Heinrich, Wyden, Durbin, Feinstein Request Threat Assessment Due To President Trump’s Reckless Cell Phone Usage

WASHINGTON, D.C. - U.S. Senators Martin Heinrich (D-N.M.), Ron Wyden (D-Ore.), Richard J. Durbin (D-Ill.), and Dianne Feinstein (D-Calif.) are requesting a threat assessment to determine whether sensitive government information has been exposed and whether plans, strategies, operations, or classified information have been or could be compromised by foreign adversaries due to President Trump’s cell phone usage. A recent report indicates that President Trump has eschewed the advice of counterintelligence experts and opted to use unsecured commercial devices for telephone calls and internet use.

In a letter to National Counterintelligence and Security Center Director William Evanina, the lawmakers wrote that the President’s conduct is “reckless and could endanger sensitive U.S. national security interests.”

Last month, Politico reported President Trump has broken with the practices of his predecessors and routinely uses unsecured devices to communicate with friends and Twitter followers and has brushed aside the concerns of White House and Intelligence Community security experts and dismissed their pleas as “too inconvenient.”

“We request that you provide the Senate Select Committee on Intelligence with a threat assessment to determine whether sensitive government information has been exposed and whether plans, strategies, operations, or classified information have been or could be compromised by foreign adversaries due to the President’s cell phone usage. In addition, we request an assessment of attribution of the deployment of hostile cell-site simulator technology detected by the Intelligence Community or other government agencies in the National Capital Region during the past two years,” wrote Heinrich, Wyden, Durbin, and Feinstein.

A copy of the letter is available here and below.

Director William Evanina
National Counterintelligence and Security Center
Office of the Director of National Intelligence
Washington, D.C. 20511

Dear Director Evanina:

Earlier this year, Director of National Intelligence Coats testified that “(p)enetrating the US national decision making apparatus” of the U.S. government is a primary objective for numerous foreign intelligence agencies. That is why we are especially concerned about recent reporting that President Trump has eschewed the advice of counterintelligence experts and opted to use unsecured commercial devices for telephone calls and internet use. We believe this conduct is reckless and could endanger sensitive U.S. national security interests.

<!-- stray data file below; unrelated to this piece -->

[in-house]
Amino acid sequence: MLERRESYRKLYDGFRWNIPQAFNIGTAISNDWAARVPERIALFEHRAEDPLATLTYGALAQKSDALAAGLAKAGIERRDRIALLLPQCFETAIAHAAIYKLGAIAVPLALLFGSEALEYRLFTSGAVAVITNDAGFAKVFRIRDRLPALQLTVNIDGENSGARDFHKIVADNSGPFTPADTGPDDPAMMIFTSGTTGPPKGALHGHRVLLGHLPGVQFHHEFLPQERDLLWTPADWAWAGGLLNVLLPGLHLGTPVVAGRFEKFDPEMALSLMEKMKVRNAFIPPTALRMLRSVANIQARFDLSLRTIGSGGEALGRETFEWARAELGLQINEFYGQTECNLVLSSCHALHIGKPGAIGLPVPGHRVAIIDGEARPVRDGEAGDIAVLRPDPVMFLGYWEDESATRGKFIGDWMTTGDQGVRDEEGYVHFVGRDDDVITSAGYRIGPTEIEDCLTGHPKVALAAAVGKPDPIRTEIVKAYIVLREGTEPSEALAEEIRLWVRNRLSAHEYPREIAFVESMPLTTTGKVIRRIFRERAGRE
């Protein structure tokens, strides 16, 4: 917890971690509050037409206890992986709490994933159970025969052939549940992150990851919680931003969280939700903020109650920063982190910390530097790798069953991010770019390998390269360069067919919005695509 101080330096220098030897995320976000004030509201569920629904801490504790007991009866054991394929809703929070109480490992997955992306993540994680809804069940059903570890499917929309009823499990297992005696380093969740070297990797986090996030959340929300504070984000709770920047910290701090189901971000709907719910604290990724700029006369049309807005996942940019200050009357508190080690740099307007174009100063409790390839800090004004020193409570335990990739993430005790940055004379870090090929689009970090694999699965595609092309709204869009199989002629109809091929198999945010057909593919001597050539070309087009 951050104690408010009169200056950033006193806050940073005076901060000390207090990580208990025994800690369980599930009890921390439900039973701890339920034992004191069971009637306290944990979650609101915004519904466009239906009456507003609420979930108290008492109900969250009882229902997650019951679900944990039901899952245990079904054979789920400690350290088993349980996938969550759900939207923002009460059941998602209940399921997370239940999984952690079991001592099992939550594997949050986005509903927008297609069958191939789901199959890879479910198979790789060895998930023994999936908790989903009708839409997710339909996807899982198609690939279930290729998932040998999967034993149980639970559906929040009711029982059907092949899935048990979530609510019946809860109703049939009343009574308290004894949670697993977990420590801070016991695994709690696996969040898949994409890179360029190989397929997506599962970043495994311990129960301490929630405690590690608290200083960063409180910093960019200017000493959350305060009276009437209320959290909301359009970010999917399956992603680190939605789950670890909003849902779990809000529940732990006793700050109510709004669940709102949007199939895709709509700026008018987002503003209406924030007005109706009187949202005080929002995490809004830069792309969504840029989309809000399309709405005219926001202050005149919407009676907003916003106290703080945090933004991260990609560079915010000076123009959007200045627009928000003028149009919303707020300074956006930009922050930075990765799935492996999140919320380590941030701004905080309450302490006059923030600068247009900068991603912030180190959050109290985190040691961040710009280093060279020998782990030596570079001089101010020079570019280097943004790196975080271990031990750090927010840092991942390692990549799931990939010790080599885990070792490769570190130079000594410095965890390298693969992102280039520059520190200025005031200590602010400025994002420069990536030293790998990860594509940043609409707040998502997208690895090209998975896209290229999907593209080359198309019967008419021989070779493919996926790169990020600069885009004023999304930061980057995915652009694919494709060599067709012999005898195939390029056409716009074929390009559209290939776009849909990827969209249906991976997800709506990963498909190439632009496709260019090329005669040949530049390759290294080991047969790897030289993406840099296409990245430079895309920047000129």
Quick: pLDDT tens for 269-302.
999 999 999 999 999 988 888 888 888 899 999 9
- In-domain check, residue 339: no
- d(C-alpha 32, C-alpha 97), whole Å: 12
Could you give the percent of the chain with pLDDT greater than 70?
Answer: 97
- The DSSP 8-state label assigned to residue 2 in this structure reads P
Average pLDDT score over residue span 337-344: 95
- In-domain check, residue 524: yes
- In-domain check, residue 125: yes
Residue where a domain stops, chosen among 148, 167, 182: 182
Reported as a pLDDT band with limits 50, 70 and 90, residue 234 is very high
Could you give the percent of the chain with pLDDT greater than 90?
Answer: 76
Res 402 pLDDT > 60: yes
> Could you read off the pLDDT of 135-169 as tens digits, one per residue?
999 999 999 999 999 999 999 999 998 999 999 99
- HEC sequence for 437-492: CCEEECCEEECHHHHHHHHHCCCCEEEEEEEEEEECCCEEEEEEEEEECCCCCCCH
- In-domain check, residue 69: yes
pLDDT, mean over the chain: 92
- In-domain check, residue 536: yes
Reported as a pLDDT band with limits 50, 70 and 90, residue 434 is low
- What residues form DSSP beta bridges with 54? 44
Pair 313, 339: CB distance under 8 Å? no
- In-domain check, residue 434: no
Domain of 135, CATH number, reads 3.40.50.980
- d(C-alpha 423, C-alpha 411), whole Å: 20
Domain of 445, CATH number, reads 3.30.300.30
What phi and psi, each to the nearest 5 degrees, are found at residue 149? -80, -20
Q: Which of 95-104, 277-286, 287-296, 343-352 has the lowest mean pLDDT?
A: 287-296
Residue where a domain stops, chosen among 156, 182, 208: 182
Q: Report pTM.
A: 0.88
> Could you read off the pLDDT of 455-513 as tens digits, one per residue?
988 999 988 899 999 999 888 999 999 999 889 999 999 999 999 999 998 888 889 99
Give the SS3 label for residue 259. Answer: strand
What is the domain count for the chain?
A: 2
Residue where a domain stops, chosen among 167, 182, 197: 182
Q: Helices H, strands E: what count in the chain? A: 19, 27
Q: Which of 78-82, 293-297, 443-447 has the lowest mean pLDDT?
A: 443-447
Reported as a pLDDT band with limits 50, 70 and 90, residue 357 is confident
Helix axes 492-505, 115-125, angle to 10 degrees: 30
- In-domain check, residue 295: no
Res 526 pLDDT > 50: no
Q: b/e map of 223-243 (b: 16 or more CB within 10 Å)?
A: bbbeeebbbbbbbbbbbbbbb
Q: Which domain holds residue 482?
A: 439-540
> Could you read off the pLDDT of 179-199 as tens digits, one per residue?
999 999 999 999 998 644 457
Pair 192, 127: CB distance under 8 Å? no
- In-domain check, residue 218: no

Last month, Politico reported that President Trump has broken with the practices of his predecessors and routinely uses unsecured devices to communicate with friends and Twitter followers. According to the report, Trump has brushed aside the concerns of White House and Intelligence Community security experts and dismissed their pleas as “too inconvenient.” Furthermore, the report suggests that not only does the President use an unsecured cell phone to make calls, but that cell phone is also equipped with a camera and microphone that could be used to spy on the President and listen in on classified national security discussions.

Government officials with access to classified information must abide by strict security protocols that limit when, how, and in what manner they communicate with others. We agree with Secretary of State Mike Pompeo’s recent testimony that “every government official” must adhere to security protocols, even the President. Most officials with access to classified information must take draconian precautions, such as leaving their devices outside of their places of work and utilizing two separate sets of computers and phones for classified and unclassified work. It is our understanding that even White House aides are required to deposit their cell phones in lockboxes before entering the West Wing.

If the President has indeed been using unsecured devices to communicate with associates, it represents a grave danger to U.S. national security. Just last month, the Department of Homeland Security (DHS) revealed that it had detected cell-site simulator technology, which allows for the surreptitious surveillance of cell phone calls, deployed in locations in proximity to the White House and other sensitive facilities in the D.C. area. Although DHS has not attributed the cell-site simulator deployment to any specific entity, it is possible that foreign intelligence services or nefarious actors could attempt to intercept the President’s unsecured conversations.

We request that you provide the Senate Select Committee on Intelligence with a threat assessment to determine whether sensitive government information has been exposed and whether plans, strategies, operations, or classified information have been or could be compromised by foreign adversaries due to the President’s cell phone usage. In addition, we request an assessment of attribution of the deployment of hostile cell-site simulator technology detected by the Intelligence Community or other government agencies in the National Capital Region during the past two years.

Finally, since in recent correspondence both DHS and the Federal Communications Commission claim not to have the lead role in assessing the potential threat from the use of cell-site simulators, please help us understand NCSC’s role in this regard and how your agency works with other IC entities to address this potential threat.

Thank you for your prompt attention to this request.

Sincerely,